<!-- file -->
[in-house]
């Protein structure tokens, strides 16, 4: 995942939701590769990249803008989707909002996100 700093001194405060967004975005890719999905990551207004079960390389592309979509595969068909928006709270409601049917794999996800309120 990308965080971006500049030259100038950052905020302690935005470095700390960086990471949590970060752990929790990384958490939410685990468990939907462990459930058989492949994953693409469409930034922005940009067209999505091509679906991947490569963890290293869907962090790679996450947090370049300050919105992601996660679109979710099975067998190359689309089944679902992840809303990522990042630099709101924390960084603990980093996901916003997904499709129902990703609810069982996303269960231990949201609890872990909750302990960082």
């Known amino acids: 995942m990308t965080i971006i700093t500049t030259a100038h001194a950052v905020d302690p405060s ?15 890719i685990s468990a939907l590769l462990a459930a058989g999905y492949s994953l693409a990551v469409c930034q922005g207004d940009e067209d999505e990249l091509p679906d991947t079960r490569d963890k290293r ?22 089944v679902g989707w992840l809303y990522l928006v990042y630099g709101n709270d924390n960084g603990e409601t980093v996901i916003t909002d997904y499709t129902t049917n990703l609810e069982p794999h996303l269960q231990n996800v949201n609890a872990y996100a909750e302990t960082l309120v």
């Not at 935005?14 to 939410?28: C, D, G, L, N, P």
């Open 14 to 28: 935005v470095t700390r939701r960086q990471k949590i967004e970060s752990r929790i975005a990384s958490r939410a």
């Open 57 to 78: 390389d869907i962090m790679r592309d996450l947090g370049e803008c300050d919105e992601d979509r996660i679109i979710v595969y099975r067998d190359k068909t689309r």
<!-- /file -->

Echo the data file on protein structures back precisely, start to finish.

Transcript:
[in-house]
């Protein structure tokens, strides 16, 4: 995942939701590769990249803008989707909002996100 700093001194405060967004975005890719999905990551207004079960390389592309979509595969068909928006709270409601049917794999996800309120 990308965080971006500049030259100038950052905020302690935005470095700390960086990471949590970060752990929790990384958490939410685990468990939907462990459930058989492949994953693409469409930034922005940009067209999505091509679906991947490569963890290293869907962090790679996450947090370049300050919105992601996660679109979710099975067998190359689309089944679902992840809303990522990042630099709101924390960084603990980093996901916003997904499709129902990703609810069982996303269960231990949201609890872990909750302990960082």
């Known amino acids: 995942m990308t965080i971006i700093t500049t030259a100038h001194a950052v905020d302690p405060s ?15 890719i685990s468990a939907l590769l462990a459930a058989g999905y492949s994953l693409a990551v469409c930034q922005g207004d940009e067209d999505e990249l091509p679906d991947t079960r490569d963890k290293r ?22 089944v679902g989707w992840l809303y990522l928006v990042y630099g709101n709270d924390n960084g603990e409601t980093v996901i916003t909002d997904y499709t129902t049917n990703l609810e069982p794999h996303l269960q231990n996800v949201n609890a872990y996100a909750e302990t960082l309120v």
């Not at 935005?14 to 939410?28: C, D, G, L, N, P």
């Open 14 to 28: 935005v470095t700390r939701r960086q990471k949590i967004e970060s752990r929790i975005a990384s958490r939410a």
């Open 57 to 78: 390389d869907i962090m790679r592309d996450l947090g370049e803008c300050d919105e992601d979509r996660i679109i979710v595969y099975r067998d190359k068909t689309r």